Field Reports

Monday 17 June 2019 at Iping Common

Leader Helen Dignum

15 members joined Helen Dignum for this heathland walk. The past weather had been very unseasonal and the breeze still had a cold edge to it. However, we had a dry day, mainly cloudy, but, with bursts of sunshine. Included in her welcome, Helen gave us an informative talk on lowland heaths which are restricted to the south of England and Europe. We have about 20% of the total, so they are a rare and fragile habitat and only occur up to 250 metres.

In the car park we heard Robin, Nuthatch and Great Spotted Woodpecker and we saw a Buzzard. On our way down to a pond  we passed a Woods Ants nest. They were busy building what could be a substantial structure of up to 1 metre high and 2 metres wide. Nothing was seen in or around the pond.  However grazing cattle had access and that probably did not help. Further along, and crossing our path was a Slowworm. The writer picked it up for all to have a closer look. It was quite content in my hand. Perhaps my hand was warmer than the ground.

As we moved on we heard Whitethroat and Yellow Hammer, four Swallows passed over and we saw a Red Kite in the distance. As we approached more mature woodland a Blackbird and Song Thrush were singing and a Buzzard passed over. A Spider with an egg sac passed over a Wood Ants nest at very high speed. We passed a plant called Common Catsear. Small birds, probably Tits were feeding in the tall pines, but against the strong light identification was difficult, but a calling Blue Tit was noted.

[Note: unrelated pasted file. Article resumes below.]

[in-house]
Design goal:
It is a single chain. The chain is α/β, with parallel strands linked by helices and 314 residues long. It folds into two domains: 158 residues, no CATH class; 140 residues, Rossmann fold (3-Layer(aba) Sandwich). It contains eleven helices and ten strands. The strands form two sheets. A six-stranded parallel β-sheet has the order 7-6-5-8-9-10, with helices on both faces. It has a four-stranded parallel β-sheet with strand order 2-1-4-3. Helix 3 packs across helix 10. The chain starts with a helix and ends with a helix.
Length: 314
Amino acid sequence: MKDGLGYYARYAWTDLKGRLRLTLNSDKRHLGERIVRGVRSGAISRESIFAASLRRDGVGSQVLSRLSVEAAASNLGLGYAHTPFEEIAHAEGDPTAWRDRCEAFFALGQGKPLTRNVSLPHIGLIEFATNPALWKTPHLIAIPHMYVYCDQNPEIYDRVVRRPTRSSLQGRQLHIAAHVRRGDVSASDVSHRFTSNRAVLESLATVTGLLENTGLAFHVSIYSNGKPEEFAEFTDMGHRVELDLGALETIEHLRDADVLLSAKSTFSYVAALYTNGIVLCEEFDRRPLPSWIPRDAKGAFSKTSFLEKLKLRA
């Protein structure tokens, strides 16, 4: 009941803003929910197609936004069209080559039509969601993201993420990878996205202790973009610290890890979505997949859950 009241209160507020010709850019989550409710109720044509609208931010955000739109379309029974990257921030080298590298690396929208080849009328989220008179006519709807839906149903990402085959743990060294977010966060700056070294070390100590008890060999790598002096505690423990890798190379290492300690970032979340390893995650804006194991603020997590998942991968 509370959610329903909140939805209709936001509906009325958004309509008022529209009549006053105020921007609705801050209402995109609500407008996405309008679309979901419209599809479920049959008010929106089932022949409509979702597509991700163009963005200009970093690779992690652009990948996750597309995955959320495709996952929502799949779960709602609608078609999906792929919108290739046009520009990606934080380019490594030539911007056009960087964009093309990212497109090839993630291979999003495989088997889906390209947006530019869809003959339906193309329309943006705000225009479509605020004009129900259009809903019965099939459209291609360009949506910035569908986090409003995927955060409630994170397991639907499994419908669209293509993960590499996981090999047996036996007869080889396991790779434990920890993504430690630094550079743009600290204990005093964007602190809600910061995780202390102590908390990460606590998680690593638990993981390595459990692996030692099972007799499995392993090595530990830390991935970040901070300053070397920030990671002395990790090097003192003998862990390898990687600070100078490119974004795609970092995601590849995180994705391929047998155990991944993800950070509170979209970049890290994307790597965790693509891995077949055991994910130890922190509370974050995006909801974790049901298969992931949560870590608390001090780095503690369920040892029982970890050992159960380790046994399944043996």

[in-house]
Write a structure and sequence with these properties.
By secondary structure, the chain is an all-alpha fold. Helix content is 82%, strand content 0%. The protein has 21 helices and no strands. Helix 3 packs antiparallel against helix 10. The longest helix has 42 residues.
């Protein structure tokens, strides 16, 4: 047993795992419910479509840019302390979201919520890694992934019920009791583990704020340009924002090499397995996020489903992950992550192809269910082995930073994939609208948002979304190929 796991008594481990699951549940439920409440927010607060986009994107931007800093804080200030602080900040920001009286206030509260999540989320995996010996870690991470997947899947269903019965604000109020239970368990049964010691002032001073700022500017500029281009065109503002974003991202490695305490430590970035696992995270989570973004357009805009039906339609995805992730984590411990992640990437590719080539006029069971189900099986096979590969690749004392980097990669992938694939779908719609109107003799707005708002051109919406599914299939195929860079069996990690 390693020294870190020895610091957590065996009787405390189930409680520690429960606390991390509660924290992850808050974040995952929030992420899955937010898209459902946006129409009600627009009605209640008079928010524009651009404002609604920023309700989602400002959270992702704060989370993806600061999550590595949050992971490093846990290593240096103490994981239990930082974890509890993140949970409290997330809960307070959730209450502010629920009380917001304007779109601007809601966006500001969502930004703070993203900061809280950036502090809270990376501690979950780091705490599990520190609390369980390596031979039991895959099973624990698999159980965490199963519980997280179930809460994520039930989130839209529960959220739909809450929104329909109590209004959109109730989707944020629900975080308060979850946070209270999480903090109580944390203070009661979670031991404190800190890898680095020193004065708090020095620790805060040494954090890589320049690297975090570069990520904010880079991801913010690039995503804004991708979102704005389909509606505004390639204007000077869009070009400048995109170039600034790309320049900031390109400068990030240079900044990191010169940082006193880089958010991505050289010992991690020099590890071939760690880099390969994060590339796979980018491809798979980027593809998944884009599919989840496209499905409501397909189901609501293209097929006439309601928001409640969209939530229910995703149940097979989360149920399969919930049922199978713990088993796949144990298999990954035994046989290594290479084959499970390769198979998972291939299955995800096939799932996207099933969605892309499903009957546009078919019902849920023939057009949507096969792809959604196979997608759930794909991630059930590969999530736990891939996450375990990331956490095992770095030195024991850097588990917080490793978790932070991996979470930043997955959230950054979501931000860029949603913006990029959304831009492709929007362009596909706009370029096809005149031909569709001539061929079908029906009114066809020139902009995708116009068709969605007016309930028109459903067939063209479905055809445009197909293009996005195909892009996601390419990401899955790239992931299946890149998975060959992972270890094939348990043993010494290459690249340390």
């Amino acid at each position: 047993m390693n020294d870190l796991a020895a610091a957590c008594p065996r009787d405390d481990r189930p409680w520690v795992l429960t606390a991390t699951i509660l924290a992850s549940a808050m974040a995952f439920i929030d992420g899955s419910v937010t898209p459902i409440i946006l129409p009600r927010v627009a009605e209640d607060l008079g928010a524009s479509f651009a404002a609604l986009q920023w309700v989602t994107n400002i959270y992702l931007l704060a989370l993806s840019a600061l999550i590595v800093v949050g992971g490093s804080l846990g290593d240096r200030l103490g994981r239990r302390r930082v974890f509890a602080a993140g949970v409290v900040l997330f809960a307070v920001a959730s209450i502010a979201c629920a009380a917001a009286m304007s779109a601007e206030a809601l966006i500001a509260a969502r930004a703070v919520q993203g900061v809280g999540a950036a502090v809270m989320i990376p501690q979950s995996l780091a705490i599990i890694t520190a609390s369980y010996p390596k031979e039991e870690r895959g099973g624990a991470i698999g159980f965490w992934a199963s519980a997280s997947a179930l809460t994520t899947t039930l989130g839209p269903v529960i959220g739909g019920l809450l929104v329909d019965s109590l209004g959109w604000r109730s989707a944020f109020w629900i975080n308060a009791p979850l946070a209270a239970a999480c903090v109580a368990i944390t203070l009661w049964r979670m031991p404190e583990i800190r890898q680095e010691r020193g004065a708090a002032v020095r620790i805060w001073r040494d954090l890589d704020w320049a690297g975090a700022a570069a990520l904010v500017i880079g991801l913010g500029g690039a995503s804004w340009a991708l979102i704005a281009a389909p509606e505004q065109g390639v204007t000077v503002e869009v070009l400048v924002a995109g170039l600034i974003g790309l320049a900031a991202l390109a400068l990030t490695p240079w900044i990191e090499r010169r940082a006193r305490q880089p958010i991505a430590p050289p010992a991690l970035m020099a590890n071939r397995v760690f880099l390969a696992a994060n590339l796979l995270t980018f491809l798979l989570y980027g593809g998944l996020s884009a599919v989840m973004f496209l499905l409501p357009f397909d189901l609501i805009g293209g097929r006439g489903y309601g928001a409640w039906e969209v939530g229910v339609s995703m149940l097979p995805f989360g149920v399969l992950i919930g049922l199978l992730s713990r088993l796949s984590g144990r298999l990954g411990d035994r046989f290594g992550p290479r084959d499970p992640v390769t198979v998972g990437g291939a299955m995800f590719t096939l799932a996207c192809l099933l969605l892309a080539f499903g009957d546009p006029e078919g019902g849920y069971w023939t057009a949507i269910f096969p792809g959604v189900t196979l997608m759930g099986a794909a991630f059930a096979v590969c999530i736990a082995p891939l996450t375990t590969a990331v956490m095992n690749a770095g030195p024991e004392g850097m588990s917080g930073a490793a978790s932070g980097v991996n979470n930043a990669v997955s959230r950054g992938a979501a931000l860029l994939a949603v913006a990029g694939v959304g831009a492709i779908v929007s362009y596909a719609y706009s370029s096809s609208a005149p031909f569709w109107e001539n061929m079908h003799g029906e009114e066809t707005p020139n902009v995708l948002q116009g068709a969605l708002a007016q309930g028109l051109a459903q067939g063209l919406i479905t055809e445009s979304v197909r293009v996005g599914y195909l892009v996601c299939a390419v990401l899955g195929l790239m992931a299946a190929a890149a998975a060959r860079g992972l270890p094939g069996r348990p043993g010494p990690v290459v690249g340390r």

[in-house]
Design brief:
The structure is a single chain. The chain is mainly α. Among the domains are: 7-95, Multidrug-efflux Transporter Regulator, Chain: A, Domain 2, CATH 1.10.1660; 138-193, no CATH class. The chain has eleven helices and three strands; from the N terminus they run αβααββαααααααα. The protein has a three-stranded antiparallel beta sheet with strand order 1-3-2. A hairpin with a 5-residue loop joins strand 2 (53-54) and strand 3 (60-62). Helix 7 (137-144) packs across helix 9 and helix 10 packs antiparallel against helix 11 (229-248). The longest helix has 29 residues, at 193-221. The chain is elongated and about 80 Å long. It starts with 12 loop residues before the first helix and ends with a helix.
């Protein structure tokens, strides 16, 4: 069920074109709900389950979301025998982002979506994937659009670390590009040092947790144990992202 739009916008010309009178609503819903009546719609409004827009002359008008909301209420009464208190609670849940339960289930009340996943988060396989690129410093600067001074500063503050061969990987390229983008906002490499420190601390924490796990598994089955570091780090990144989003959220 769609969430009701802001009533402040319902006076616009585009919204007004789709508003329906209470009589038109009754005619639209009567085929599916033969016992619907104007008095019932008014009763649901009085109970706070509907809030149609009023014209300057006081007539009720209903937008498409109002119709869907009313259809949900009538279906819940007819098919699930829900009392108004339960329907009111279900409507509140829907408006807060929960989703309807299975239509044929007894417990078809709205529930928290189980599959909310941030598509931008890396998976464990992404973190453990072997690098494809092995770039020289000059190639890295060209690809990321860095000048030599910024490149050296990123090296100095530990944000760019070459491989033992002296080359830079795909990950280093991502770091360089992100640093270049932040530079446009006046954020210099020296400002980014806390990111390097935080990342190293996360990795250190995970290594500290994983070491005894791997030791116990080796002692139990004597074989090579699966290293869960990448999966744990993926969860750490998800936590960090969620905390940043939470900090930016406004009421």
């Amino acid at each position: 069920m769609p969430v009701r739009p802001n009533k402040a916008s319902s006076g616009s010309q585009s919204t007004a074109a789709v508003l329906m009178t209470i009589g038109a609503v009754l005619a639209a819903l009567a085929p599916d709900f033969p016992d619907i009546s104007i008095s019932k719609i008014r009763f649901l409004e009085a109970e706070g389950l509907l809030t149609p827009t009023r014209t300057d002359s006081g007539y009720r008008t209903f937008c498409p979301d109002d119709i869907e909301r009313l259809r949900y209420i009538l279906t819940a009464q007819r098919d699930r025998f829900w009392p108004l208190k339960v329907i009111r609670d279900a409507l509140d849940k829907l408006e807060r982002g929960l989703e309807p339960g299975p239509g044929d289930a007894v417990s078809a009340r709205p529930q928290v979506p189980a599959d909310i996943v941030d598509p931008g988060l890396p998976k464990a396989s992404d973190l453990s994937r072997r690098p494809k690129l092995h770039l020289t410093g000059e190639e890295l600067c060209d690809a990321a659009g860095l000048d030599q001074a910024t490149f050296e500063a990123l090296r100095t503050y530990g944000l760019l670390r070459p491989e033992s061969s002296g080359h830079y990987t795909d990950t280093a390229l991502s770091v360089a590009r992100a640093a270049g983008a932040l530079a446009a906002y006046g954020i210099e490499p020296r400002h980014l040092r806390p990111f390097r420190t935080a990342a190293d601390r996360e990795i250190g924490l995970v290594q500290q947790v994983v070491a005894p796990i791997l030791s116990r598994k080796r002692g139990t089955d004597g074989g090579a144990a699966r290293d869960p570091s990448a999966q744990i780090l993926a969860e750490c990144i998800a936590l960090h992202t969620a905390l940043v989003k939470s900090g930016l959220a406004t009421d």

A high point on the heath revealed an area that was accidently burnt in February 2018. The regrowth was very evident. Heath Bedstraw, Woodsage and  Heath Speedwell were nice to see. Blue Butterflies darting around during our walk had caused identification problems. However, an enterprising member caught a specimen and it was confirmed that they were Silver Studded Blues.

Our next contacts were Chiff Chaff, Goldfinch, Great Tit and a Carrion Crow.

A highlight of the walk came in the shape of 2 males and a female Yellowhammer feeding in some short grass. The yellow of the male’s head shone in the sunlight. On the way back to the car park we examined a tiny plant called simply Birdsfoot. In the car park was a large Blackberry  well in flower. It attracted Green Hairstreak and Speckled Wood Butterflies, together with Common Carder, Buff Tailed and Tree Bumble Bees. Very many thanks to Helen for leading us on a most instructive and enjoyable walk with our friends.

Jim Bagley


Yellowhammers in the grass

The Silver-Studded Blue

The group hears about lowland heath

Bell Heather

Another Yellowhammer in last year's burnt gorse.

Chichester, West Sussex

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